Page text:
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Victoria police cleared of wrongdoing after man found dead during wellness check

Investigators from B.C.'s Independent Investigations Office are seen in this file photo from the IIO. Investigators from B.C.'s Independent Investigations Office are seen in this file photo from the IIO.
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B.C.'s police watchdog has cleared the Victoria Police Department of wrongdoing after officers found a man dead inside his home during a wellness check last year.

On Feb. 9, 2022, Victoria police went to a residential building in the 1900-block of Fort Street after a man's mother called 911 with concerns about her son's wellbeing.

When officers arrived at the man's suite, they tried talking to him through his front door but did not receive an answer, according to the Independent Investigations Office (IIO) of B.C.

A witness, who was described as the man's next-door neighbour, told the IIO that they heard the officers try to communicate with the man through his door.

The neighbour also told police that building staff members had a key to the man's unit, but that no staff members were present because it was the weekend.

Police were able to call a staff member, who said that officers could pick up a key from them in a different part of the city.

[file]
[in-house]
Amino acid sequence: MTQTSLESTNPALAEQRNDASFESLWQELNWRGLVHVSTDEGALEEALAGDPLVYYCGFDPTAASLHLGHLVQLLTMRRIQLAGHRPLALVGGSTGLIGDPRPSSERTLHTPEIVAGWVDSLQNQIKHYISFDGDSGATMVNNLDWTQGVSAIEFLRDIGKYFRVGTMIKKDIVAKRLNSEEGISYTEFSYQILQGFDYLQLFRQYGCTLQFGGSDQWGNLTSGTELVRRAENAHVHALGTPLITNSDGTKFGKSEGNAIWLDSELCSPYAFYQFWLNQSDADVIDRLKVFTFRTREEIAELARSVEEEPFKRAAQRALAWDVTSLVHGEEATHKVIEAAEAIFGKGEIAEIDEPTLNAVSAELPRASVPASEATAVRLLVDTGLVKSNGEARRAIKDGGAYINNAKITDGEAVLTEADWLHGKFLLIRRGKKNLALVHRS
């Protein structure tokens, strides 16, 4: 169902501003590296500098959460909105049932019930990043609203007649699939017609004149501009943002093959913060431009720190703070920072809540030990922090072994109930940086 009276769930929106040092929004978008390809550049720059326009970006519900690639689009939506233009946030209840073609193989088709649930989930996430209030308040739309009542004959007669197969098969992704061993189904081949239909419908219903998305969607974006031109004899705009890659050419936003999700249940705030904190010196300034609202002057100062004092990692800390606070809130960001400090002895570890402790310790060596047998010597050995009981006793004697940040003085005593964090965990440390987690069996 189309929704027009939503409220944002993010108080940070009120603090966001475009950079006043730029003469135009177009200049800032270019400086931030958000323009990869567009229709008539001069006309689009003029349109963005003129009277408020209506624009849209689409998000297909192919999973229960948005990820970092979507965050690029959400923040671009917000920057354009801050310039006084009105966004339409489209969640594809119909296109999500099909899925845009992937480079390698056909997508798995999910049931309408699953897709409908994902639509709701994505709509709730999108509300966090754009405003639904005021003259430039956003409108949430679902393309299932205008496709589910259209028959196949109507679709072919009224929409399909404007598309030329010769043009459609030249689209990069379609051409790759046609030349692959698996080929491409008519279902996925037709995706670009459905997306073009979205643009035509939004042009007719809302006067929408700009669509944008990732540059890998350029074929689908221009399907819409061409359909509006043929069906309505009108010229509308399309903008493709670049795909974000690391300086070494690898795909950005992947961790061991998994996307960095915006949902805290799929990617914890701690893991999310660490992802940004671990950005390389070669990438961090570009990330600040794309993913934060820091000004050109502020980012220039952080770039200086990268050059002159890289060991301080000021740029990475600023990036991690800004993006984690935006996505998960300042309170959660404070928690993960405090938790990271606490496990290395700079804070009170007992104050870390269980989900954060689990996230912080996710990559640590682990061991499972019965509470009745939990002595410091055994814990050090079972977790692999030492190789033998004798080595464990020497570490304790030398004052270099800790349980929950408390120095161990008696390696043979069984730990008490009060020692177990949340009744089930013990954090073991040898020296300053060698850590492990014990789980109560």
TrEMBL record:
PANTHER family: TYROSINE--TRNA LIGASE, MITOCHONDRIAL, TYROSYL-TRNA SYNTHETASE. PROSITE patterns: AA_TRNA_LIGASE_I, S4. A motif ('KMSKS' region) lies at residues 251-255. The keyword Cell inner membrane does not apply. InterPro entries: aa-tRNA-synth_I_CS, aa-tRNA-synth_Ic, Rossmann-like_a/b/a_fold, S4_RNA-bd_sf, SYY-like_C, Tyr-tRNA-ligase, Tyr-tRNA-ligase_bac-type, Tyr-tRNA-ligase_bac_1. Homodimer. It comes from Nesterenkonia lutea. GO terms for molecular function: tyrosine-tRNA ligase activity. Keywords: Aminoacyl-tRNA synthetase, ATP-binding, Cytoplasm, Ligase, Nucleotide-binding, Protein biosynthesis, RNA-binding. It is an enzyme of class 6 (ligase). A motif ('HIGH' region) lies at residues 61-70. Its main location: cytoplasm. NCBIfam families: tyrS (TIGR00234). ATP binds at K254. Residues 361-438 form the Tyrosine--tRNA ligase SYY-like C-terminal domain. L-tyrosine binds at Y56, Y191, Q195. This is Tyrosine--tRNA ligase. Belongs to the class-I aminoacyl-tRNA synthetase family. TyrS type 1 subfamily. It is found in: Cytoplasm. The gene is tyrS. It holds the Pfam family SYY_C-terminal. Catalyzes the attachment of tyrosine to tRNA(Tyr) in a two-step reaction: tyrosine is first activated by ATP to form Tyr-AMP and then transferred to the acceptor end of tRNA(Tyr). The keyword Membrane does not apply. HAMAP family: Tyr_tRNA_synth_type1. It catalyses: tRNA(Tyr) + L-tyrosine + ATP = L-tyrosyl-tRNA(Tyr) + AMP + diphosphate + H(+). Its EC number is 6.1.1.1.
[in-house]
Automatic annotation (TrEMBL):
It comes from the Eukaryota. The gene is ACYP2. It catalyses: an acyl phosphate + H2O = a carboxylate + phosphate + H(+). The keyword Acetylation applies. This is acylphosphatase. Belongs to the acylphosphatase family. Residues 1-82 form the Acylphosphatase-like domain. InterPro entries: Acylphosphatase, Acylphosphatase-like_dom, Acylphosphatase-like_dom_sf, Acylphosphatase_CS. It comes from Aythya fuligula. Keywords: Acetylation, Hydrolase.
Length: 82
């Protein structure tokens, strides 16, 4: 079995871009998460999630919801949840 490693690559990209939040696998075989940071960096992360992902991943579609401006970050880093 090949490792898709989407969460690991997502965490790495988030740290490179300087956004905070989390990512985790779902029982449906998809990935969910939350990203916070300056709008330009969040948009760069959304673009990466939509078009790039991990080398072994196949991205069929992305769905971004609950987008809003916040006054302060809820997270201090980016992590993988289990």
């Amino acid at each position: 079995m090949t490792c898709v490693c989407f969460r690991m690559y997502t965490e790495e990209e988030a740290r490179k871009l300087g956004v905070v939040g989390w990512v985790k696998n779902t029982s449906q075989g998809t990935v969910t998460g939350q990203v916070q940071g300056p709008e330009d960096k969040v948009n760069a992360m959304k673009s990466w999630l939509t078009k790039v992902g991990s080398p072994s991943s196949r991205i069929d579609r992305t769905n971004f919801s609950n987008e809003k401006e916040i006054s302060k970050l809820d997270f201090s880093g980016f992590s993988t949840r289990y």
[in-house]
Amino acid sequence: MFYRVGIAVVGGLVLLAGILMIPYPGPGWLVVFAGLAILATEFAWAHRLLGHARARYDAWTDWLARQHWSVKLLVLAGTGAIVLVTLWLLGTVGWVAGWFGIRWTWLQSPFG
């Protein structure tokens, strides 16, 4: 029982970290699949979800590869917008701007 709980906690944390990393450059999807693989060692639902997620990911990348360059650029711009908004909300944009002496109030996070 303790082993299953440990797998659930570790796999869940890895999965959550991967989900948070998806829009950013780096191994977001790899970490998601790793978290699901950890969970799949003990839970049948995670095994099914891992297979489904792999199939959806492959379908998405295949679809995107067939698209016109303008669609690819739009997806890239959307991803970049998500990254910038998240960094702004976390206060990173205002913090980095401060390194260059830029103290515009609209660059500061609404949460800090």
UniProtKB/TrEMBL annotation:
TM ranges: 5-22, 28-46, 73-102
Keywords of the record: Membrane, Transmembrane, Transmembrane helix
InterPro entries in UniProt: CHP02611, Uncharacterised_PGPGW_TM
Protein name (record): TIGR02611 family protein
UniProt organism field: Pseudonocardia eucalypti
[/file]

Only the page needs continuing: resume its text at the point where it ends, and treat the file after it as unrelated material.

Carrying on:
One officer stayed at the home while the other officer went to get the key.

In the meantime, another higher ranking officer, a VicPD sergeant, arrived at the scene.

Shortly after the sergeant arrived, they said they could hear a "cry for help" or some sort of moan from inside the unit and decided to break down the door.

Once officers entered the unit, they found the man had died by self-inflicted injuries.

Paramedics arrived soon after and confirmed the man's death, according to the IIO.

IIO DECISION

The IIO is notified whenever a police-involved incident results in serious harm or death.

In this instance, the IIO says it needed to check if police had acted negligently or if they disregarded anyone's safety during their response.

The police watchdog says police adequately weighed the risks of waiting at the man's door versus breaking it down, noting that officers considered breaking into the home earlier but there were concerns that the action could cause a sudden and unpredictable response from the man.

"It is significant that the officers were left with only two options: to wait outside, trying to get a response from [the man] through the locked door, or to kick the door open," said the IIO in its decision released Friday.

After reviewing six civilian witness statements, three police officer statements, security video from the building and police dispatch and 911 audio records, the IIO concluded that the responding officers had acted appropriately and that they had very little chance to intervene in the situation.

"The evidence gathered in this case indicates that when [the man] closed himself in his apartment he had made a firm decision, one that the responding officers were effectively powerless to head off," said the IIO.

The IIO adds that given the extent of the man's injuries, it's unlikely that the outcome would have been different even if police were able to access the unit immediately. 

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